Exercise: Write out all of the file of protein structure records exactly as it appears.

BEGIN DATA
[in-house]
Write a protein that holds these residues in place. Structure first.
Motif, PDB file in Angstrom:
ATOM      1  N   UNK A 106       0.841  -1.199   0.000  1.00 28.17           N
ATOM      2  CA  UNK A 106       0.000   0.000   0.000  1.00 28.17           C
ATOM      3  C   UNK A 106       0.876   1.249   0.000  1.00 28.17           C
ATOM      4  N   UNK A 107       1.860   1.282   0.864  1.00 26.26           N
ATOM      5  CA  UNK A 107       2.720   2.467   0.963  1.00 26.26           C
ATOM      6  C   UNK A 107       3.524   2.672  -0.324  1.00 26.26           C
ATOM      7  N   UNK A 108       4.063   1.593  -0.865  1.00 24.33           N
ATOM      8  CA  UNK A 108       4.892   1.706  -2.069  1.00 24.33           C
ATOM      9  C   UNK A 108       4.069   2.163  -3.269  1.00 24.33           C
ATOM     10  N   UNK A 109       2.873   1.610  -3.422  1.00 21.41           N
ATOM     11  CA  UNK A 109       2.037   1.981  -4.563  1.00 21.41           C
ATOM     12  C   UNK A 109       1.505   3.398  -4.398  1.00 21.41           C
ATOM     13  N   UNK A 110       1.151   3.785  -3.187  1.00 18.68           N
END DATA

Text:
[in-house]
Write a protein that holds these residues in place. Structure first.
Motif, PDB file in Angstrom:
ATOM      1  N   UNK A 106       0.841  -1.199   0.000  1.00 28.17           N
ATOM      2  CA  UNK A 106       0.000   0.000   0.000  1.00 28.17           C
ATOM      3  C   UNK A 106       0.876   1.249   0.000  1.00 28.17           C
ATOM      4  N   UNK A 107       1.860   1.282   0.864  1.00 26.26           N
ATOM      5  CA  UNK A 107       2.720   2.467   0.963  1.00 26.26           C
ATOM      6  C   UNK A 107       3.524   2.672  -0.324  1.00 26.26           C
ATOM      7  N   UNK A 108       4.063   1.593  -0.865  1.00 24.33           N
ATOM      8  CA  UNK A 108       4.892   1.706  -2.069  1.00 24.33           C
ATOM      9  C   UNK A 108       4.069   2.163  -3.269  1.00 24.33           C
ATOM     10  N   UNK A 109       2.873   1.610  -3.422  1.00 21.41           N
ATOM     11  CA  UNK A 109       2.037   1.981  -4.563  1.00 21.41           C
ATOM     12  C   UNK A 109       1.505   3.398  -4.398  1.00 21.41           C
ATOM     13  N   UNK A 110       1.151   3.785  -3.187  1.00 18.68           N